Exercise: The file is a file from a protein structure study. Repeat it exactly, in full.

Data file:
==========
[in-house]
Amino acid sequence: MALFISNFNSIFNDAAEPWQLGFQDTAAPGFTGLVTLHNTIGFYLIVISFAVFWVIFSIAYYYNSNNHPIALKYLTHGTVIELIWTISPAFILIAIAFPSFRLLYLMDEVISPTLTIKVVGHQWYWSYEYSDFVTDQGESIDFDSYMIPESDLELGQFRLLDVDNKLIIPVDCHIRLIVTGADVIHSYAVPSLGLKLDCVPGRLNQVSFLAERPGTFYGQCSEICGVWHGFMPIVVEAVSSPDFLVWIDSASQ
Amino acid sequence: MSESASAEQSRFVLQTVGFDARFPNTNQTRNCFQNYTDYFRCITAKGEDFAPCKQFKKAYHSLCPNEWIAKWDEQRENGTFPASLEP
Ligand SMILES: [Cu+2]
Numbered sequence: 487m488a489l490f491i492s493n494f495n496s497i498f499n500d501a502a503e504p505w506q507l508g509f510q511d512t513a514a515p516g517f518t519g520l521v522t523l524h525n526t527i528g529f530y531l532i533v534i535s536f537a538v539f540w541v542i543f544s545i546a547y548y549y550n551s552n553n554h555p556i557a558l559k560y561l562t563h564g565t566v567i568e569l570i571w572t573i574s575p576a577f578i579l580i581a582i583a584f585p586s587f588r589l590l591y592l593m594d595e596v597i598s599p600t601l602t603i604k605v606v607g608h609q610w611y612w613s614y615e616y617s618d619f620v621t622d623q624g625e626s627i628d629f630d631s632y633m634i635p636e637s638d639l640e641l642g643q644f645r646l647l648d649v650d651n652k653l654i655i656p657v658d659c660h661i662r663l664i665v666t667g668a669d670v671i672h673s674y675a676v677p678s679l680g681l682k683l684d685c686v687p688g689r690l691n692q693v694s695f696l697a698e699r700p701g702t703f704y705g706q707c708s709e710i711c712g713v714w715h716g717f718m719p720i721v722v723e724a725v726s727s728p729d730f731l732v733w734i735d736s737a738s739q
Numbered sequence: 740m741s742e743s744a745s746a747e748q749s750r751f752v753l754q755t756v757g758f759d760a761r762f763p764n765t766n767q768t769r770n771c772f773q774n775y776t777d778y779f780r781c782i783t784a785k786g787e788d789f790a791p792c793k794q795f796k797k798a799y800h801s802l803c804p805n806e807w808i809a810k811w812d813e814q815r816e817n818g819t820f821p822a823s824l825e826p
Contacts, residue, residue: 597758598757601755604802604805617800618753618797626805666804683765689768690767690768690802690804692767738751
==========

[in-house]
Amino acid sequence: MALFISNFNSIFNDAAEPWQLGFQDTAAPGFTGLVTLHNTIGFYLIVISFAVFWVIFSIAYYYNSNNHPIALKYLTHGTVIELIWTISPAFILIAIAFPSFRLLYLMDEVISPTLTIKVVGHQWYWSYEYSDFVTDQGESIDFDSYMIPESDLELGQFRLLDVDNKLIIPVDCHIRLIVTGADVIHSYAVPSLGLKLDCVPGRLNQVSFLAERPGTFYGQCSEICGVWHGFMPIVVEAVSSPDFLVWIDSASQ
Amino acid sequence: MSESASAEQSRFVLQTVGFDARFPNTNQTRNCFQNYTDYFRCITAKGEDFAPCKQFKKAYHSLCPNEWIAKWDEQRENGTFPASLEP
Ligand SMILES: [Cu+2]
Numbered sequence: 487m488a489l490f491i492s493n494f495n496s497i498f499n500d501a502a503e504p505w506q507l508g509f510q511d512t513a514a515p516g517f518t519g520l521v522t523l524h525n526t527i528g529f530y531l532i533v534i535s536f537a538v539f540w541v542i543f544s545i546a547y548y549y550n551s552n553n554h555p556i557a558l559k560y561l562t563h564g565t566v567i568e569l570i571w572t573i574s575p576a577f578i579l580i581a582i583a584f585p586s587f588r589l590l591y592l593m594d595e596v597i598s599p600t601l602t603i604k605v606v607g608h609q610w611y612w613s614y615e616y617s618d619f620v621t622d623q624g625e626s627i628d629f630d631s632y633m634i635p636e637s638d639l640e641l642g643q644f645r646l647l648d649v650d651n652k653l654i655i656p657v658d659c660h661i662r663l664i665v666t667g668a669d670v671i672h673s674y675a676v677p678s679l680g681l682k683l684d685c686v687p688g689r690l691n692q693v694s695f696l697a698e699r700p701g702t703f704y705g706q707c708s709e710i711c712g713v714w715h716g717f718m719p720i721v722v723e724a725v726s727s728p729d730f731l732v733w734i735d736s737a738s739q
Numbered sequence: 740m741s742e743s744a745s746a747e748q749s750r751f752v753l754q755t756v757g758f759d760a761r762f763p764n765t766n767q768t769r770n771c772f773q774n775y776t777d778y779f780r781c782i783t784a785k786g787e788d789f790a791p792c793k794q795f796k797k798a799y800h801s802l803c804p805n806e807w808i809a810k811w812d813e814q815r816e817n818g819t820f821p822a823s824l825e826p
Contacts, residue, residue: 597758598757601755604802604805617800618753618797626805666804683765689768690767690768690802690804692767738751